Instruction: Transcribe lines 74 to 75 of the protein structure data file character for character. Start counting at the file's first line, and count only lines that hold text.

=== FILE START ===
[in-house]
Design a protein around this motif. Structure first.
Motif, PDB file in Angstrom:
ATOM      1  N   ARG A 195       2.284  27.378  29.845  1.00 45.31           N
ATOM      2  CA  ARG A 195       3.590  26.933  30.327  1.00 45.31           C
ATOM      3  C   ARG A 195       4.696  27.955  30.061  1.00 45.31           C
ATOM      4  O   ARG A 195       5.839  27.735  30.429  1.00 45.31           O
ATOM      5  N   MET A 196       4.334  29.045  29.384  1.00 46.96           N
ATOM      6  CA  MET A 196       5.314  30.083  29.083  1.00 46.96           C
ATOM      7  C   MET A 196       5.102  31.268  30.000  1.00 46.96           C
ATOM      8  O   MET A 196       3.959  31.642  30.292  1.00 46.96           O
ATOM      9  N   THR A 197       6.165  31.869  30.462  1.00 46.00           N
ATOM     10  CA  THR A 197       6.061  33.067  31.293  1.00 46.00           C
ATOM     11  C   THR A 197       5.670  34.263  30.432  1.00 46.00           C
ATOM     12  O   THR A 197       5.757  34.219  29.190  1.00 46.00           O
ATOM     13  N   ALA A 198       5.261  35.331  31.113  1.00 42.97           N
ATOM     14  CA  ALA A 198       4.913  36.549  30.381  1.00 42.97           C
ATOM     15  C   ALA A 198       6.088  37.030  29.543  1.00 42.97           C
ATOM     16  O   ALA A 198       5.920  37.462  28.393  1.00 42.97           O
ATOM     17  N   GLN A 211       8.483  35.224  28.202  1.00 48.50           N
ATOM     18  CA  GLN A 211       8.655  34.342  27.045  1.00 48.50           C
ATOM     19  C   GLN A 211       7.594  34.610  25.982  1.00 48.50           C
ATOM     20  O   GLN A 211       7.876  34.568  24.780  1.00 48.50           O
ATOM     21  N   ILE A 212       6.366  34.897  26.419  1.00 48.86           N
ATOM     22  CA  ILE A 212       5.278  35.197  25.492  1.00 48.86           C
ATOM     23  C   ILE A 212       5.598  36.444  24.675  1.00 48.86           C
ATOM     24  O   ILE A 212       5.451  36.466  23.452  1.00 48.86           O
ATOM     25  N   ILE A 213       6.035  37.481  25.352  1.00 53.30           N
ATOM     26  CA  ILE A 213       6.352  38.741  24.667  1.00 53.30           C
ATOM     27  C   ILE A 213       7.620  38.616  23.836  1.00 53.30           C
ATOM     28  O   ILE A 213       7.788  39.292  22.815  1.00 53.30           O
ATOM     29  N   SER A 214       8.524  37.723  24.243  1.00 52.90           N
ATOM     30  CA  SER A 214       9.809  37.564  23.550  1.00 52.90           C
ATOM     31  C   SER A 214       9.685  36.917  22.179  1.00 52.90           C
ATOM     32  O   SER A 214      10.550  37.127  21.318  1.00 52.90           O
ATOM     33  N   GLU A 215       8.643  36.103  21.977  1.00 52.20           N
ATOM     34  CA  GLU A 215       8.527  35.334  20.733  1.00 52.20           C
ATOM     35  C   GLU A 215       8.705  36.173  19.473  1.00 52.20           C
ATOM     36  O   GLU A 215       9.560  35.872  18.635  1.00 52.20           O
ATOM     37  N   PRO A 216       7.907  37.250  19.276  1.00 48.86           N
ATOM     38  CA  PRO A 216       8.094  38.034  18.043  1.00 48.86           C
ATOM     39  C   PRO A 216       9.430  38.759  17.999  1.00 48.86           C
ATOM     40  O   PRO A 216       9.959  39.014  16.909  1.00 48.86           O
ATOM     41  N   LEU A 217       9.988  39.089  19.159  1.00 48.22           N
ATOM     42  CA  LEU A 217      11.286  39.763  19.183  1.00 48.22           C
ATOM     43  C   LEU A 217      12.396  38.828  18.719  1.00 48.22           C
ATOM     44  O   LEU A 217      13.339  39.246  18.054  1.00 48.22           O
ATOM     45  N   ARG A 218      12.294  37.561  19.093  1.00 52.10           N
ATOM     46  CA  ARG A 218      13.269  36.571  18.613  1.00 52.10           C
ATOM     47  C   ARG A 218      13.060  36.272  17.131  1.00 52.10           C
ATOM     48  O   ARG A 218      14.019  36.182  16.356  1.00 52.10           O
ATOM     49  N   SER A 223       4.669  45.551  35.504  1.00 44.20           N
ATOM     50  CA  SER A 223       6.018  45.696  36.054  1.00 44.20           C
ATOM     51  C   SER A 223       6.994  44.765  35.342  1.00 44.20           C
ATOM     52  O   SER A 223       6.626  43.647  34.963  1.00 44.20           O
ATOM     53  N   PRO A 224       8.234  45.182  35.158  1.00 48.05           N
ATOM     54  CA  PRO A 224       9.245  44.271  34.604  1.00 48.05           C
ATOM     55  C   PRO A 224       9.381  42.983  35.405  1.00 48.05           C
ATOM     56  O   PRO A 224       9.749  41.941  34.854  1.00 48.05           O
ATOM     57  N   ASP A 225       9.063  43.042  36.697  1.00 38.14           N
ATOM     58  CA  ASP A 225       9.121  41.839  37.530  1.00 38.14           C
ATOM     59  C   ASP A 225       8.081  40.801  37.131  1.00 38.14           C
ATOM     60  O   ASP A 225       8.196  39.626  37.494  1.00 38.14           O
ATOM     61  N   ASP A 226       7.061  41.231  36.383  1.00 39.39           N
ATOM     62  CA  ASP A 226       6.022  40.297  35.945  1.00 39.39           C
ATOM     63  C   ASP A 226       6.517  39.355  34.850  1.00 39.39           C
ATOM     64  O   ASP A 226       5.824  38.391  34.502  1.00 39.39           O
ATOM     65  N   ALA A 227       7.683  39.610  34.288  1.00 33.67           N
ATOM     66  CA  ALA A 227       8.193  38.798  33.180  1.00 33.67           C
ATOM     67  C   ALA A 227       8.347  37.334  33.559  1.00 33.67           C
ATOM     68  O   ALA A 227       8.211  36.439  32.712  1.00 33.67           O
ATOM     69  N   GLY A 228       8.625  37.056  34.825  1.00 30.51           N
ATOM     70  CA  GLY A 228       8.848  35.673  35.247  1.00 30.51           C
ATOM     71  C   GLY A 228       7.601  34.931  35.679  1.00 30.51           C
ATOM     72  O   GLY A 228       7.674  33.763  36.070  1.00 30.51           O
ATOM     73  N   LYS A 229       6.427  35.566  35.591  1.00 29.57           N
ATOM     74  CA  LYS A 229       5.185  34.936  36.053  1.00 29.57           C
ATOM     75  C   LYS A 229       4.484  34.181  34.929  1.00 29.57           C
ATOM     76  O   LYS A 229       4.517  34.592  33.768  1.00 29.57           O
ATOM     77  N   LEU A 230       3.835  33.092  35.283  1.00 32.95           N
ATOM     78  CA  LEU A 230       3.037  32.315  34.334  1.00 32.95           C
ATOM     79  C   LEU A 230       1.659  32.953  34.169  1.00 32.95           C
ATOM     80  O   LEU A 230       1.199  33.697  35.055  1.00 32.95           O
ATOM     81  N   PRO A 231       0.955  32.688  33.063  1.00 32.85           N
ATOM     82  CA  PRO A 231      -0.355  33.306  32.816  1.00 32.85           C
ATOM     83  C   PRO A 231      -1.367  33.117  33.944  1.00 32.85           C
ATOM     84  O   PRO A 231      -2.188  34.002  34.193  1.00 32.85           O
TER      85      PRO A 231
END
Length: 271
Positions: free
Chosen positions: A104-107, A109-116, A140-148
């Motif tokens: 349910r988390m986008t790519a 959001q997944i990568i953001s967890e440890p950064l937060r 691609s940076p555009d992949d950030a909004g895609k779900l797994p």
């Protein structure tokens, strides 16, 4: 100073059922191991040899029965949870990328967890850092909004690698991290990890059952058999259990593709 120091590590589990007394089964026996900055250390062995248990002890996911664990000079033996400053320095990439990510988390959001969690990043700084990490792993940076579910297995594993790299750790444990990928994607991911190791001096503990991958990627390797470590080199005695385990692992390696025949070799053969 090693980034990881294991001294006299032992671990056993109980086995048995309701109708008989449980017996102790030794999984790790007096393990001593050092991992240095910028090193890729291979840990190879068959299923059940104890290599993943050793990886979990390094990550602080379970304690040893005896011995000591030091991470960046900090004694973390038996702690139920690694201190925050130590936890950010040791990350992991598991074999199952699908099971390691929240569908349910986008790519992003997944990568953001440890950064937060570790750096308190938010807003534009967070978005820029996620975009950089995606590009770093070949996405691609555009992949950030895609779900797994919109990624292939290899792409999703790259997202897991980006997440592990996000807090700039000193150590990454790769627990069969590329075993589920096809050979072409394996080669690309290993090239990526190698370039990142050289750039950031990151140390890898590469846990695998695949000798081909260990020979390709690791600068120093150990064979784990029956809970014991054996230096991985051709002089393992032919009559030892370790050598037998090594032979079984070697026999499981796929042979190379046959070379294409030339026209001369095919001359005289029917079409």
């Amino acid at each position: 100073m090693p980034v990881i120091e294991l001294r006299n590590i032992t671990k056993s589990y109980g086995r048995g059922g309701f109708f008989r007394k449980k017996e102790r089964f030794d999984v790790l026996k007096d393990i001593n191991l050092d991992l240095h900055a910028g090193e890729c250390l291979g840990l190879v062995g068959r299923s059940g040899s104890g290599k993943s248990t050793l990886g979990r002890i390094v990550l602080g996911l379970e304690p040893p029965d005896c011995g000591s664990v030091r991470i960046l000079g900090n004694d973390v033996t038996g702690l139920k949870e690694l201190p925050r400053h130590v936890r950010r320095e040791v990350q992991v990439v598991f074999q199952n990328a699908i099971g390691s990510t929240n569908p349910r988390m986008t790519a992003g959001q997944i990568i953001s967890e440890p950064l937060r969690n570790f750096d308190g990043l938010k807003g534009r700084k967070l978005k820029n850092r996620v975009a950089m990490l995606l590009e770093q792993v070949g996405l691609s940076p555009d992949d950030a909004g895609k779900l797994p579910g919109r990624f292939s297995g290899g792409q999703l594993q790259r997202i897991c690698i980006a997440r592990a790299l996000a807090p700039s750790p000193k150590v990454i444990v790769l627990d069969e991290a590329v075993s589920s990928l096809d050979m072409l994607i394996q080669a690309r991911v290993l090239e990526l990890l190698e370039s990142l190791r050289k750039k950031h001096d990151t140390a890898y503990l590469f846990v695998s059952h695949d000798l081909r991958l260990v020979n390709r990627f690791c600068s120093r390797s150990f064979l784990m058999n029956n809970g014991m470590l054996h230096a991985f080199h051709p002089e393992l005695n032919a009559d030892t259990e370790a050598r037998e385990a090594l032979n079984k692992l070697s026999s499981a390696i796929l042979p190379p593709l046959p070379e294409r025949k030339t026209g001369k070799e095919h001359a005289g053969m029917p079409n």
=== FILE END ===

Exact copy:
ATOM     71  C   GLY A 228       7.601  34.931  35.679  1.00 30.51           C
ATOM     72  O   GLY A 228       7.674  33.763  36.070  1.00 30.51           O